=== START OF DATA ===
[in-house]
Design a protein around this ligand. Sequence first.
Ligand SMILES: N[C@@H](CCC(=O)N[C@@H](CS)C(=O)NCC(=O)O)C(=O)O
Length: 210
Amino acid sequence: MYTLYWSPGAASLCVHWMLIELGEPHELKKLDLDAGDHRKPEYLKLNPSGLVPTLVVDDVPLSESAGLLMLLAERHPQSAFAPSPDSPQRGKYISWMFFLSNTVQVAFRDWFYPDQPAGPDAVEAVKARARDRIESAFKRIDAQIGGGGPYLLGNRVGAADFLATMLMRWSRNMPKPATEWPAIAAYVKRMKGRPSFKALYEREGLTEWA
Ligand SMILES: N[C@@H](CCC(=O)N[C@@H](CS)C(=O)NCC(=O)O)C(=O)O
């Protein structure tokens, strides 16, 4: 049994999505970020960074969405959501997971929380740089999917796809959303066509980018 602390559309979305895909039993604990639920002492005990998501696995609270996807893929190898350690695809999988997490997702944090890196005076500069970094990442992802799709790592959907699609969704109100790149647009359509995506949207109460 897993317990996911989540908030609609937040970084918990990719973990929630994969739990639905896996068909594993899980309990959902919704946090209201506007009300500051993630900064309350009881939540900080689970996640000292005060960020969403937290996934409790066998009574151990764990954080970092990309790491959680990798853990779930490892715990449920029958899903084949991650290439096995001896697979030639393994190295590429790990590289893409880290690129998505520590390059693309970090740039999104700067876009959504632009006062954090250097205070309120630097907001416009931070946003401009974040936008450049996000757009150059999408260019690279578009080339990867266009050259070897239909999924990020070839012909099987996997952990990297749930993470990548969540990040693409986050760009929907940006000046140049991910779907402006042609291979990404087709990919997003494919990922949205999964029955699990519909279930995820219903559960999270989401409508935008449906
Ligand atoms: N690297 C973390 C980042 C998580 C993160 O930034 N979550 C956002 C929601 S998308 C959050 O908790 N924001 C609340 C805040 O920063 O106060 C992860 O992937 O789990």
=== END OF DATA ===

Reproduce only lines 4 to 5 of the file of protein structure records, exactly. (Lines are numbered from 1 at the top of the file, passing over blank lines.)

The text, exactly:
Length: 210
Amino acid sequence: MYTLYWSPGAASLCVHWMLIELGEPHELKKLDLDAGDHRKPEYLKLNPSGLVPTLVVDDVPLSESAGLLMLLAERHPQSAFAPSPDSPQRGKYISWMFFLSNTVQVAFRDWFYPDQPAGPDAVEAVKARARDRIESAFKRIDAQIGGGGPYLLGNRVGAADFLATMLMRWSRNMPKPATEWPAIAAYVKRMKGRPSFKALYEREGLTEWA